What are the Rangers up to?
Paul Helleman (RIC) and Bree Hunter (Wildlife Ranger) spend a significant amount of their time in the field. Over the past few weeks they have been busy conducting the annual king penguin chick census and monitoring the breeding success of the island’s grey petrel population.
Grey petrels (Procellaria cinerea) are listed as endangered by the Tasmanian Threatened Species Act. They breed on cool temperate and subantarctic islands over winter and Macquarie Island is their only known breeding location in Australia. Grey petrels were first recorded as breeding on the island in 1900 but an eighty year absence followed, and were therefore considered to be no longer present. However, in 1999 three burrows were found with evidence of recently fledged chicks. The timing of this discovery coincided with the final stages of the cat eradication program, suggesting the re-colonisation of the species.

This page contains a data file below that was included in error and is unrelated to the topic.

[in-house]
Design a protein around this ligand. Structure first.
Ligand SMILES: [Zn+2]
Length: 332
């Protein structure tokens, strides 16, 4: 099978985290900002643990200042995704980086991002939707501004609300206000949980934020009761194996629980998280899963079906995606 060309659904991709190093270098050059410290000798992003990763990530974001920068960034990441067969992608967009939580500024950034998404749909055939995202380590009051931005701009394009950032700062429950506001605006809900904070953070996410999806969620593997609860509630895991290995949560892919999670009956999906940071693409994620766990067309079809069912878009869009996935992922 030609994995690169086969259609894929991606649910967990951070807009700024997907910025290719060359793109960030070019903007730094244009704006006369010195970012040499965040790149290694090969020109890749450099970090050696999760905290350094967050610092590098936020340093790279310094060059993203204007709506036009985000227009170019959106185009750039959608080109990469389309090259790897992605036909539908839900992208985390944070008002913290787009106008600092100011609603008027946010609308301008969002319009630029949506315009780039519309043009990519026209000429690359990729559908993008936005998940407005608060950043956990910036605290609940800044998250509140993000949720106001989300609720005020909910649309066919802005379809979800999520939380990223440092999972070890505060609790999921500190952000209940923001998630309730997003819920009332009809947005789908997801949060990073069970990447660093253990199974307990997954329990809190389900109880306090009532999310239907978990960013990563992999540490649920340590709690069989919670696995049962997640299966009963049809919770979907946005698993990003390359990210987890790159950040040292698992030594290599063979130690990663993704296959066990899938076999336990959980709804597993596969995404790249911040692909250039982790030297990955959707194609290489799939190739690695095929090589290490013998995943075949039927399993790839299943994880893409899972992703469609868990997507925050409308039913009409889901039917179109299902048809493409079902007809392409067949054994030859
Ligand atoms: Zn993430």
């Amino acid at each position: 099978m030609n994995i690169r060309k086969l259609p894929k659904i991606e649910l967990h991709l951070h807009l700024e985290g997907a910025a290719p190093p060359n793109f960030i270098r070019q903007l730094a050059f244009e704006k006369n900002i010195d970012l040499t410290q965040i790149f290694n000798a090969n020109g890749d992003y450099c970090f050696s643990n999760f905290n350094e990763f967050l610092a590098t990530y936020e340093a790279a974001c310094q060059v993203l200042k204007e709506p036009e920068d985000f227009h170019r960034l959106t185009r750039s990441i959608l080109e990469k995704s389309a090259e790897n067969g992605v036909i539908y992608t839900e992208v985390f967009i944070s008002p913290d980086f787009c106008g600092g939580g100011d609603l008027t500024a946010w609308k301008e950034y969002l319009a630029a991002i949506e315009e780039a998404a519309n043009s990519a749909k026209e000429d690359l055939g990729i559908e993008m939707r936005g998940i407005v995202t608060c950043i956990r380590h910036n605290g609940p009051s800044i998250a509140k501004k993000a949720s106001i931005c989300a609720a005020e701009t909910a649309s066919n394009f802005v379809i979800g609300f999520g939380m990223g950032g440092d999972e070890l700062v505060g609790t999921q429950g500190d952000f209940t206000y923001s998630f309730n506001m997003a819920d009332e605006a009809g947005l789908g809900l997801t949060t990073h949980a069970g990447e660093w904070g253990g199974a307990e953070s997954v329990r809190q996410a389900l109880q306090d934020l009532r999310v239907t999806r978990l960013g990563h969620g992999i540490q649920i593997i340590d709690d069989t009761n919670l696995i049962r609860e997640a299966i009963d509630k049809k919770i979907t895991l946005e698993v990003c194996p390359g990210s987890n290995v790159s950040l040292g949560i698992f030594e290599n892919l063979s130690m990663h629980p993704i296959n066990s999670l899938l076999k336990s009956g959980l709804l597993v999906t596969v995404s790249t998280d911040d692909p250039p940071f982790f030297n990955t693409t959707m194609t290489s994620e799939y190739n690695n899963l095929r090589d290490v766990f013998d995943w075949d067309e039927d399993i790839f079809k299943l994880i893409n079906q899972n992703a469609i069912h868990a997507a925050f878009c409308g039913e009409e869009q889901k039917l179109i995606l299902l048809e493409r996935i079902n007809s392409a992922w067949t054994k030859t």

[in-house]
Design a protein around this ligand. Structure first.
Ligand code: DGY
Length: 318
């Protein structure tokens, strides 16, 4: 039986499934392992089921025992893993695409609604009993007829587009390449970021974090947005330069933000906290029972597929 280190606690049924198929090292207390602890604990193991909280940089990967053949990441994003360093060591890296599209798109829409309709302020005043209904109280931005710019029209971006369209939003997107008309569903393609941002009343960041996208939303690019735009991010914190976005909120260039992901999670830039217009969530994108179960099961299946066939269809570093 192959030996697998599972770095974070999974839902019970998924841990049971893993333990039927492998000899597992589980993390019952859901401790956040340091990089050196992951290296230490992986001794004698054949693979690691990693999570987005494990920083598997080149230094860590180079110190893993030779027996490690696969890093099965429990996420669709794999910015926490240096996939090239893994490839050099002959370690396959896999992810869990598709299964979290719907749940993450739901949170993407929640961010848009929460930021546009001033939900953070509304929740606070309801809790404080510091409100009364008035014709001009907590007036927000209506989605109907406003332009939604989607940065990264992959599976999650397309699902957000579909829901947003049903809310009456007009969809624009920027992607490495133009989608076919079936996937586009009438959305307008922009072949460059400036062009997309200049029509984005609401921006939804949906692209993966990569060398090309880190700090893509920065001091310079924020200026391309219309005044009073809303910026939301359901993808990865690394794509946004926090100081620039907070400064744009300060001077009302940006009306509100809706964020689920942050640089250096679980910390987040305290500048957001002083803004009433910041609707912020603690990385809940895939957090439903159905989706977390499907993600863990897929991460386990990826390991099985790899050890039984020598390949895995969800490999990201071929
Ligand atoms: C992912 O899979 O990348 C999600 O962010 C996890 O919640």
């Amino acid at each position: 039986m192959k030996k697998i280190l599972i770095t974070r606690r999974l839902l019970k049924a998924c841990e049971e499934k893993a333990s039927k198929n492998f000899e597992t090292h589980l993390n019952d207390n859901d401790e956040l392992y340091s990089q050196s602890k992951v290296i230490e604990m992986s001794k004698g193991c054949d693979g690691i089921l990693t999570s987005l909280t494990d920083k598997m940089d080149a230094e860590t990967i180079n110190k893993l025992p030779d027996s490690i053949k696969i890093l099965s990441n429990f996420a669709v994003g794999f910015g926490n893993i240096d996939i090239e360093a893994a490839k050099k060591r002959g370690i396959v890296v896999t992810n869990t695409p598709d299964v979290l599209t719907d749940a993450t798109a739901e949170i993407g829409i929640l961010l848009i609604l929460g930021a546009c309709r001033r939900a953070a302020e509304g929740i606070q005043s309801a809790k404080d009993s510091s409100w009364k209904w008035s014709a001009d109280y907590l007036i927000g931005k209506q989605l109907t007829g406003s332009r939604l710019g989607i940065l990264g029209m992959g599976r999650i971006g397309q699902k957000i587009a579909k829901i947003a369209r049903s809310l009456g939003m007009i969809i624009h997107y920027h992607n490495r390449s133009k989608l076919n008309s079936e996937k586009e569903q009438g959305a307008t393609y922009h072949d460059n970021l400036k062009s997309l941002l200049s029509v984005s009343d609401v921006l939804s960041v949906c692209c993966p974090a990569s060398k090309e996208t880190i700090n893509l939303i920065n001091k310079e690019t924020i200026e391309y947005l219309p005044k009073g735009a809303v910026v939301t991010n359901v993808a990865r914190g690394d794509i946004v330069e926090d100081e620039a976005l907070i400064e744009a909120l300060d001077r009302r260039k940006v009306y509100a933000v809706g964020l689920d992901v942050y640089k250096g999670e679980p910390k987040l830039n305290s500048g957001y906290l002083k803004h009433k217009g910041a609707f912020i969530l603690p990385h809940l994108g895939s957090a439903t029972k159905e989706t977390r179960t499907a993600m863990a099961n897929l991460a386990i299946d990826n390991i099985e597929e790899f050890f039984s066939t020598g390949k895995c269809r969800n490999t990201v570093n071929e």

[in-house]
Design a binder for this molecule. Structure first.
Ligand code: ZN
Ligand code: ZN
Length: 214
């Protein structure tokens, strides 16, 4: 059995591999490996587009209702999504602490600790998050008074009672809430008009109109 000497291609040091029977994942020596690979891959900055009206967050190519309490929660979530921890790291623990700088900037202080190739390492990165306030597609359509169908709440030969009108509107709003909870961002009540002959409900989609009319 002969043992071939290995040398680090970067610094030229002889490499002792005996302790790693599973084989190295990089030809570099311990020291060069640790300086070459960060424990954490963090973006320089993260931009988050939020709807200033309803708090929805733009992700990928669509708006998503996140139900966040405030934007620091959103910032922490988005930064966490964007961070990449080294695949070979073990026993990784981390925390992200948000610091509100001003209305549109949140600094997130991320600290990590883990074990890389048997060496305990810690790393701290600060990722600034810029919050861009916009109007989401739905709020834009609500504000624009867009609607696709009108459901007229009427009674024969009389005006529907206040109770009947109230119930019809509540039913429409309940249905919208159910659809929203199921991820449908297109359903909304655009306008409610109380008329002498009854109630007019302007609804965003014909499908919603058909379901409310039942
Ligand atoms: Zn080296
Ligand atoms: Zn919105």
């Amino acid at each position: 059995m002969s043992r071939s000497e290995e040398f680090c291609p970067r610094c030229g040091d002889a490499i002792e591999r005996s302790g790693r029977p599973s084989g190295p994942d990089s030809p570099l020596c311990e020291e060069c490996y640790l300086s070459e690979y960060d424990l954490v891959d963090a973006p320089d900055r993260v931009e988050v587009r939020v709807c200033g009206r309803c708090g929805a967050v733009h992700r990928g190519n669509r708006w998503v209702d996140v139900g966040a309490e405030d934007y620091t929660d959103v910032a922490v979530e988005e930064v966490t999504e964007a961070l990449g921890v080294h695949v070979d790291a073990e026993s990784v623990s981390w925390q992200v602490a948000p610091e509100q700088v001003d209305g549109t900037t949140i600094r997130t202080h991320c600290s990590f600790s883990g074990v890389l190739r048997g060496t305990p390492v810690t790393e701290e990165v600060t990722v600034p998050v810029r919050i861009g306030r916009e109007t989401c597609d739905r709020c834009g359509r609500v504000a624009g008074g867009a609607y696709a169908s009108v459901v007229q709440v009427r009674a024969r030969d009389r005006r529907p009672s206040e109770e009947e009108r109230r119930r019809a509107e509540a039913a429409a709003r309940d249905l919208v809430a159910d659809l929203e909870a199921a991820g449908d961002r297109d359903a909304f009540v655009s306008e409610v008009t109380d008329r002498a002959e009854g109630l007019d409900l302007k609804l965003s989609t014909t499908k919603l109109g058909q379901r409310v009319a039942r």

Burrowing petrels are vulnerable to introduced pests, particularly cats and rats. Petrel eggs are a tasty treat for rats and immobile chicks are an easy meal for cats. Shortly after the success of the cat eradication an adult bird was found incubating an egg and breeding activity on the island has continued to increase ever since.
The island’s three largest colonies are monitored throughout the winter. This year has proved to be the most successful thus far, with seventy-two chicks actively sitting in burrows. It’s suspected that most of these chicks will survive and leave their burrows in October to spend their first few years of life at sea. They’ll eventually return to shore in order to breed.
Macquarie Island’s grey petrel population is expected to continually increase as a result of recent eradication efforts.